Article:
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What is Spread Betting?

Spread Betting appeared in the UK over 25 years ago, although only recently has it reached the public consciousness in a big way. As an alternative to 'traditional' trading, it has advantages and disadvantages. It is possible to use spread betting on sporting events as well as financial instruments, though as outright gambling, this won't be of much interest to you. In terms of financial instruments, you can find pretty much the same selection as you are used to with your broker, including so called 'cash bets' on indices which are the equivalent of futures contracts, and which generate a day trading signal in a similar way to real instruments. The basic principle is that the bookmaker (the equivalent of your broker, such as Tradindex, who also provide a day trading simulator in real time) does not charge direct commissions when you trade, instead he makes his money by offering you a 'spread', i.e. there is a gap between the price at which you can buy and the price at which you can sell.

How does Spread Betting work?

Imagine you think that the Dow Jones Index will fall. You contact your Spread Betting company, and go SHORT of the index. The price the Spread Betting company will give you will be closely (but not TOO closely!) related to the underlying instrument (usually the nearest futures contract price) less a few 'extra' points. Your position, of course, is immediately underwater, and will remain so unless you are correct, and the market falls far enough to absorb the spread. If you get it right, at some point you will want to close the position, and this you do by creating an exactly opposite trade, in this case a LONG for the same amount. The price you get will be the current cash price, plus a few extra points. As you can see, to make any money at all, your trade has to be at least equal to the spread.

So how much money did I make?

This is one of the advantages of Spread Betting - instead of buying or selling fixed size contracts, or multiples of shares, you 'bet' a number of 'pounds' (the UK currency) per point. The different spread betting companies have different requirements in this area - some allow you to bet a few cents a point (or '5p' as they say over there), some require at least one pound (about a buck sixty). So in the above example, if you had gone short at two pounds a point, and the Dow fell 150 points, you would make 150 points x 2 pounds = 300 pounds, less the spread (let's say the spread is ten points, so the trade has actually cost you 10 points x 2 pounds = 20 pounds, meaning you only actually made 280 pounds).

This means that those of you who are 'financially challenged' can still try trading, because you may only need to stump up a few hundred bucks to get started, instead of the thousands in margin that would normally be required. The downside is that it sounds expensive, doesn't it, when a round trip on a futures contract might only be a few dollars, execution only. BUT... in the UK at least, gambling appears to be tax-emept, so any winnings you make spread betting are, in theory, tax free (tax laws, sadly, can, and do change for the worst, whenever they can).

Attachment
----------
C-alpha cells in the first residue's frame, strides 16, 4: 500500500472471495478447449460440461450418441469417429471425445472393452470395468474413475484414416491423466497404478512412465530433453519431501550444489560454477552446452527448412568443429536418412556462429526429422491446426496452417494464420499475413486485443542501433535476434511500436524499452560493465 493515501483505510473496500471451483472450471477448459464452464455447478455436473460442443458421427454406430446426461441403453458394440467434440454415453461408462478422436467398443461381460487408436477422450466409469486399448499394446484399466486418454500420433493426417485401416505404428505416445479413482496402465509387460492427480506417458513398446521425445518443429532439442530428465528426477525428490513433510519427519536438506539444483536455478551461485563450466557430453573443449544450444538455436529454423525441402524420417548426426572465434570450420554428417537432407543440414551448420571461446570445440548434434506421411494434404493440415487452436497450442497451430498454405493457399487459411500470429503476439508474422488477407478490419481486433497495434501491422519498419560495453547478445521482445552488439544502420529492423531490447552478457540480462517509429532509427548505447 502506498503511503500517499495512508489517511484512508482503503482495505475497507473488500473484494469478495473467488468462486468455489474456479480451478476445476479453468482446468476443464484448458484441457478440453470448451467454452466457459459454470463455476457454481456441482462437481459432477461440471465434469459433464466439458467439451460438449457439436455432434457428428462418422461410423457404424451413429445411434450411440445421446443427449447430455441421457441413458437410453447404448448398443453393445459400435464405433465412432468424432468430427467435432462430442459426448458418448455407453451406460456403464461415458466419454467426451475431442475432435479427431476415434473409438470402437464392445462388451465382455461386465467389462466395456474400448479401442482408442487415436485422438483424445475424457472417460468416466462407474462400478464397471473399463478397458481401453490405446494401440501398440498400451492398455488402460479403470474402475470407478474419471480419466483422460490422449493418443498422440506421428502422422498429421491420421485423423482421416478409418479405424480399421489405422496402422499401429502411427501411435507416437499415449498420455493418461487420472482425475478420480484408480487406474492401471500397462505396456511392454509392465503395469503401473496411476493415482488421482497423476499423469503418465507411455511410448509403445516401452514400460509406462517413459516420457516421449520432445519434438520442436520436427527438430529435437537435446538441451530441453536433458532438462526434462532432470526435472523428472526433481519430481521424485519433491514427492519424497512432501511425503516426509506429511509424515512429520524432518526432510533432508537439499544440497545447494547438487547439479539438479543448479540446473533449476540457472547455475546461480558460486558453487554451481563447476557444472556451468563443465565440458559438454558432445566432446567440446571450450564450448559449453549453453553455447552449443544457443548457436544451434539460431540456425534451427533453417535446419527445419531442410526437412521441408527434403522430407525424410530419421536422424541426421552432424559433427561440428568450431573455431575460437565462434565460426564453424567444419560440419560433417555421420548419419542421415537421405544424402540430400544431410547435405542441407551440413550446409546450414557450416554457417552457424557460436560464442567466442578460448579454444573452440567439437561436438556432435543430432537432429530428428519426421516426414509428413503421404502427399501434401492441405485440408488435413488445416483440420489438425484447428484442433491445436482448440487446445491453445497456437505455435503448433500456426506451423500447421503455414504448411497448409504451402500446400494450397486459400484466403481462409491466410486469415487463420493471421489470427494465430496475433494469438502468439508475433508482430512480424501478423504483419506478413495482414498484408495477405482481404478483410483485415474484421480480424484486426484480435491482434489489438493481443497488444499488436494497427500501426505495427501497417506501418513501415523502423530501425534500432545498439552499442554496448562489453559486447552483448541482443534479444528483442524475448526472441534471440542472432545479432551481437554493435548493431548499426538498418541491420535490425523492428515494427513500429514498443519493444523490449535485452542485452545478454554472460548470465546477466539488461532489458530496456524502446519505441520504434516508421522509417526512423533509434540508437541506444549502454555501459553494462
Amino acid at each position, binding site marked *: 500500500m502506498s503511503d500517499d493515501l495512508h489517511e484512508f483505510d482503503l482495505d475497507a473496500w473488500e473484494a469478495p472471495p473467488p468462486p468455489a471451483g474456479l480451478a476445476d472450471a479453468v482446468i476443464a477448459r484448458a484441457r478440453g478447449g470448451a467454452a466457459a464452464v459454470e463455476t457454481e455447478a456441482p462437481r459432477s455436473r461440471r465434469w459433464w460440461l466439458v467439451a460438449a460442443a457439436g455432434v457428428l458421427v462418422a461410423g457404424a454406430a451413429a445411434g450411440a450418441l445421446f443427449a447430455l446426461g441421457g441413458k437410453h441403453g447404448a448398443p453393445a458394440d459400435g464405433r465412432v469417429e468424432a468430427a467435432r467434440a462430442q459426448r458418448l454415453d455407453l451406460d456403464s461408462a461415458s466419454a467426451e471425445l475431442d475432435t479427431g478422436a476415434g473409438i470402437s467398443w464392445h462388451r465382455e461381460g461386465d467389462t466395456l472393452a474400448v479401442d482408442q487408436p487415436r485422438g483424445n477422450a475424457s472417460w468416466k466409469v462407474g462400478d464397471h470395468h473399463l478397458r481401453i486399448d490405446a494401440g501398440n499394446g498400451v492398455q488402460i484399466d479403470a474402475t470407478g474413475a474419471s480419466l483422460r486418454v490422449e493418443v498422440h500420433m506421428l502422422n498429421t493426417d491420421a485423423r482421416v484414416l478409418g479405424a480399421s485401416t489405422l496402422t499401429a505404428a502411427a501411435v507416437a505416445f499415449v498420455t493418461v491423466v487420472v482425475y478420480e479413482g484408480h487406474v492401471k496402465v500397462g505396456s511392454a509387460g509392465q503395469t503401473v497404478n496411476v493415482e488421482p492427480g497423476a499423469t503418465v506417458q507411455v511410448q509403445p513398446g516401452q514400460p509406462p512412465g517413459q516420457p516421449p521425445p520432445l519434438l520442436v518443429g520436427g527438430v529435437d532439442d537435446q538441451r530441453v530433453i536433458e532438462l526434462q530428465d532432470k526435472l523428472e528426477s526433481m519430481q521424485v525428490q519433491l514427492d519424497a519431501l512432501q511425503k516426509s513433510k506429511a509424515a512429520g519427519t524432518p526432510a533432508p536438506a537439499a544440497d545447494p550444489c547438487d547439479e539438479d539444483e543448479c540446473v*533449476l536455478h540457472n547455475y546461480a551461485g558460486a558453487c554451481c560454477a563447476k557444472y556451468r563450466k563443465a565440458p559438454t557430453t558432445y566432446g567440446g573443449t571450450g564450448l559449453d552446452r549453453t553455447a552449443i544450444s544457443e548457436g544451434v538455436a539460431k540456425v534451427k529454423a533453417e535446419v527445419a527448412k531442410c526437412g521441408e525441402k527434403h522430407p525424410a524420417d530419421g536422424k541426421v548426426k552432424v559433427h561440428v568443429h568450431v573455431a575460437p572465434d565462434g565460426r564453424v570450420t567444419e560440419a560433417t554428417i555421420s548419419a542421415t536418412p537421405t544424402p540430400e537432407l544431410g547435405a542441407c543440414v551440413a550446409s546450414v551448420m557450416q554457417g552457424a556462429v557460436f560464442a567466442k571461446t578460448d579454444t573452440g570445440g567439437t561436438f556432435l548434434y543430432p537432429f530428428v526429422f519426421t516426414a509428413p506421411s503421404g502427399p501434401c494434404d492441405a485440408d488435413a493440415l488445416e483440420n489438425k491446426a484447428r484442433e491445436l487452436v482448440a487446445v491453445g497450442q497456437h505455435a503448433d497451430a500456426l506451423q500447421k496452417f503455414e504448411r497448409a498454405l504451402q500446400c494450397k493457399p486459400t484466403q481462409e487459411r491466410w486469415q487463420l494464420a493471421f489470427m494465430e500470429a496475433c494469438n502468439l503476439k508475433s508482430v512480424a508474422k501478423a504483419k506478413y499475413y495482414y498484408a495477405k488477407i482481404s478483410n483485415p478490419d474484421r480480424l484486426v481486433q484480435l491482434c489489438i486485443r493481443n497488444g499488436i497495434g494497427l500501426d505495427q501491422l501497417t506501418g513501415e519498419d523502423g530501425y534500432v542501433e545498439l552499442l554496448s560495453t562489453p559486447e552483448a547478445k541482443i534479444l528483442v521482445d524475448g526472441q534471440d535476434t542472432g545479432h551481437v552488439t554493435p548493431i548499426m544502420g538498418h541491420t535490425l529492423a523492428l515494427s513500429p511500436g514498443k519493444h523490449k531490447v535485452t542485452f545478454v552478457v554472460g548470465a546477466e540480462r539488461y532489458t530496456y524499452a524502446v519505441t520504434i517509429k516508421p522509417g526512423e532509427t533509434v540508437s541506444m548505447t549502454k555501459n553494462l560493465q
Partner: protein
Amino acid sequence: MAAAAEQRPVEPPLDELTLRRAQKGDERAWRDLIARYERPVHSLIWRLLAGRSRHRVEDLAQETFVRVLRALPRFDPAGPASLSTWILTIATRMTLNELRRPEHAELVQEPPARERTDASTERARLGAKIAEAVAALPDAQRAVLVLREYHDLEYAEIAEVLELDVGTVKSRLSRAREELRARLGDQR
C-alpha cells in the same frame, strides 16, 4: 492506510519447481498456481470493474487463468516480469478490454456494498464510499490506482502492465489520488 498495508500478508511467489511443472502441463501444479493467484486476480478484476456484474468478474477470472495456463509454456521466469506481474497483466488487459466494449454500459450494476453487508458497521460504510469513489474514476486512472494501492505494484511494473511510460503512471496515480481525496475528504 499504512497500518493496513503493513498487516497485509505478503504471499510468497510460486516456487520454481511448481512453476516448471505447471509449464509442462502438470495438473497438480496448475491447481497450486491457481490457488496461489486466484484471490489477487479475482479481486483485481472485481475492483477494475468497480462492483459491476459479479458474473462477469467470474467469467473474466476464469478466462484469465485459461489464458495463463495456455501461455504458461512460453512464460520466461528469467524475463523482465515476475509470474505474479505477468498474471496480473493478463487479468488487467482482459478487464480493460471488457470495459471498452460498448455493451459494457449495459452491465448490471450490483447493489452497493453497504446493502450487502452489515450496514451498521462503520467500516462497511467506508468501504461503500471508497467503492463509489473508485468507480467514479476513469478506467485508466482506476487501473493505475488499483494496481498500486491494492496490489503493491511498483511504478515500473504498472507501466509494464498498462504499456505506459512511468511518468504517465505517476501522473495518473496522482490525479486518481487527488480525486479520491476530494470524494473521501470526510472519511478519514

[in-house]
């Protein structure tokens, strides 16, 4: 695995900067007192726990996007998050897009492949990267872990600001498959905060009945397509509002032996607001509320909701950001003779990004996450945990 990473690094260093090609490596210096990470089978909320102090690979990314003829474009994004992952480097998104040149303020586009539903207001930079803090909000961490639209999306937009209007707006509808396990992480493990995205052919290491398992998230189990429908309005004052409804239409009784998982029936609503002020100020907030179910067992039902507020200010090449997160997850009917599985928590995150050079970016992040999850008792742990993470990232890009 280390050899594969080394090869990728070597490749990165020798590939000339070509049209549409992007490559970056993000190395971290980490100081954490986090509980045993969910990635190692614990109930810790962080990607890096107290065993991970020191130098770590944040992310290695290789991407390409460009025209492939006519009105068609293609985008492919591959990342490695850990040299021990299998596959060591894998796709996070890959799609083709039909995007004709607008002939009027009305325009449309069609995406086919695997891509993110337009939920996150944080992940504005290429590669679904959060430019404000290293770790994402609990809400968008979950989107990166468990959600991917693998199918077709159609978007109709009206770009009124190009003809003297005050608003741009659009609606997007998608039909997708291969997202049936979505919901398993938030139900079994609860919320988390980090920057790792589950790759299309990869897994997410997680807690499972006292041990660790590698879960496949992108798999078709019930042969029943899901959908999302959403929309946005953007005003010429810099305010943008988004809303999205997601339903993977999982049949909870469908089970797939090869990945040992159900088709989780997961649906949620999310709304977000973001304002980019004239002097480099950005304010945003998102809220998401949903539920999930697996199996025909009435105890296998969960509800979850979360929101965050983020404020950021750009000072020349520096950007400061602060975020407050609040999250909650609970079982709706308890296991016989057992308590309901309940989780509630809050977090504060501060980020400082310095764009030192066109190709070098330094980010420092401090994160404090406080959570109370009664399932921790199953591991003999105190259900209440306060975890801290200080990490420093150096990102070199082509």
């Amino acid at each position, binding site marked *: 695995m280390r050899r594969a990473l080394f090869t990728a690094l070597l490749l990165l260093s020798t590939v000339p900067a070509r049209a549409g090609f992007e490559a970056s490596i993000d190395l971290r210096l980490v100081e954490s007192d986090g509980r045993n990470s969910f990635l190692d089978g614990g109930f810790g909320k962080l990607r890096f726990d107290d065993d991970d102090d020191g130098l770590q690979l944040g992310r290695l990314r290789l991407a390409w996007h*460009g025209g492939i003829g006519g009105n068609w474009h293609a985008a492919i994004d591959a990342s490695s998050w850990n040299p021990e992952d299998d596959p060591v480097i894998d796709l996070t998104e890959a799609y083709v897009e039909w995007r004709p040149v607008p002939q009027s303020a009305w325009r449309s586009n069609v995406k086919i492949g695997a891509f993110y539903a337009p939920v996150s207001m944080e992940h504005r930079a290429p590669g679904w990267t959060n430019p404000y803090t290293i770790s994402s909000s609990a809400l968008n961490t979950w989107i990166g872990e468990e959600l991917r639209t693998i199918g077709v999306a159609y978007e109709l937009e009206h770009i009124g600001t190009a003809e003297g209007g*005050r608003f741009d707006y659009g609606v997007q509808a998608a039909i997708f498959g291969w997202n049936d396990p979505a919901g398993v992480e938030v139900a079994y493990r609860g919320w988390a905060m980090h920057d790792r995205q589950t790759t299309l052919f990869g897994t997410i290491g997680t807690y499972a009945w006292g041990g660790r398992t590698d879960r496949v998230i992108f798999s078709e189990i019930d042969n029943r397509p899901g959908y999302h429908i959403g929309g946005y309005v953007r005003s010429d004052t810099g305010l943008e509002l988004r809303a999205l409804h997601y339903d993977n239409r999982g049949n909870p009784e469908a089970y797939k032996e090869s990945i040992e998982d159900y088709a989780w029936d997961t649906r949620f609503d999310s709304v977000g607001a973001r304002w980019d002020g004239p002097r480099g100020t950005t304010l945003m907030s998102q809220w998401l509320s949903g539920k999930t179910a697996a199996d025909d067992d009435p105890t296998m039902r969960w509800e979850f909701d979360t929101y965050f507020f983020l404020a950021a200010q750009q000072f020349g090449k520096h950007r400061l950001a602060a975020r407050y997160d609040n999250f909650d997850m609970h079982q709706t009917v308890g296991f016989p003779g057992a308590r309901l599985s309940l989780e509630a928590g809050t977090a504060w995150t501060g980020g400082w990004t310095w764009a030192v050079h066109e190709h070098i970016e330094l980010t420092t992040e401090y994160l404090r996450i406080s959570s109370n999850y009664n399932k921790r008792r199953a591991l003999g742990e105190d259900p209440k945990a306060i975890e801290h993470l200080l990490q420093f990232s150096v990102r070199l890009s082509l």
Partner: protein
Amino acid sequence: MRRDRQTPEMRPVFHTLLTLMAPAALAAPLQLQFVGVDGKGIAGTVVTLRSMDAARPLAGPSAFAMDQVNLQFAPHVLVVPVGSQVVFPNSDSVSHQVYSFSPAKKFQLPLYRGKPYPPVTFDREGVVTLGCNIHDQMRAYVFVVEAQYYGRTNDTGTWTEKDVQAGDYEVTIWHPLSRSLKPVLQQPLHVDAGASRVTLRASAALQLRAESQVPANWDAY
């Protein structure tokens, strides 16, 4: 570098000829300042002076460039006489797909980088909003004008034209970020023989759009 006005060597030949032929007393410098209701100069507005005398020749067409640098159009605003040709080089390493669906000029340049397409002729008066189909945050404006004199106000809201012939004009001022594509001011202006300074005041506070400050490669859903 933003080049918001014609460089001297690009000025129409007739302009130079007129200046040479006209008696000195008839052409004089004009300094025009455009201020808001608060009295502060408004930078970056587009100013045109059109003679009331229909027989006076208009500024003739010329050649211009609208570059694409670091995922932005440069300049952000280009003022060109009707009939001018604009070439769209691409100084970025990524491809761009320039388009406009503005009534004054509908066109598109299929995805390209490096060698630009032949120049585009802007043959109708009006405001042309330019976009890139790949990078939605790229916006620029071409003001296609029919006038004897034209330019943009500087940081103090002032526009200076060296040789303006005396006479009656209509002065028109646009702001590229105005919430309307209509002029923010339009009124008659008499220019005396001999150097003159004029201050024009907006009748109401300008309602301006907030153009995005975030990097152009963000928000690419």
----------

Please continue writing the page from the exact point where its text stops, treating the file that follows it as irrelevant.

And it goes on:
Minimising risk

Most Spread Betting companies not only allow you to use a standard stop loss order, but also, for a bigger spread, a 'guaranteed' stop loss. This means that if your stop is 20 points away, and the Great Crash of 2003 halves the market's value overnight, your position will still be closed at 20 points loss, and no more. This is a kind of insurance, and can make a 50 - 50 strategy interesting around major news events, times when you would normally NOT want to be in the market. Basically, you guess which way the market will jump on the announcement, and set a guaranteed stop the other side. If you are right, bang! big profit. If you are wrong, your maximum loss is already set. Obviously not a strategy for a serious trader, but interesting none the less.

Is the Equation useful for Spread Betting?

Yes. As you can imagine, as every position you put on is immediately underwater, often to an alarming degree, you need solid trades that rapidly go the right way. The SureFireThing Camarilla Equation breakouts are levels where you SHOULD have the weight of the entire market behind you, and therefore should become profitable very quickly.

So where can I Spread Bet?

There are a number of established spread betting companies in the UK and Europe, backed by fairly reputable and large bookmakers. You may need a local mailing address in order to open an account with them. Search Google for the current best offers.

Note that we do not recommend any of the above companies; we offer you links to them for purely informational purposes.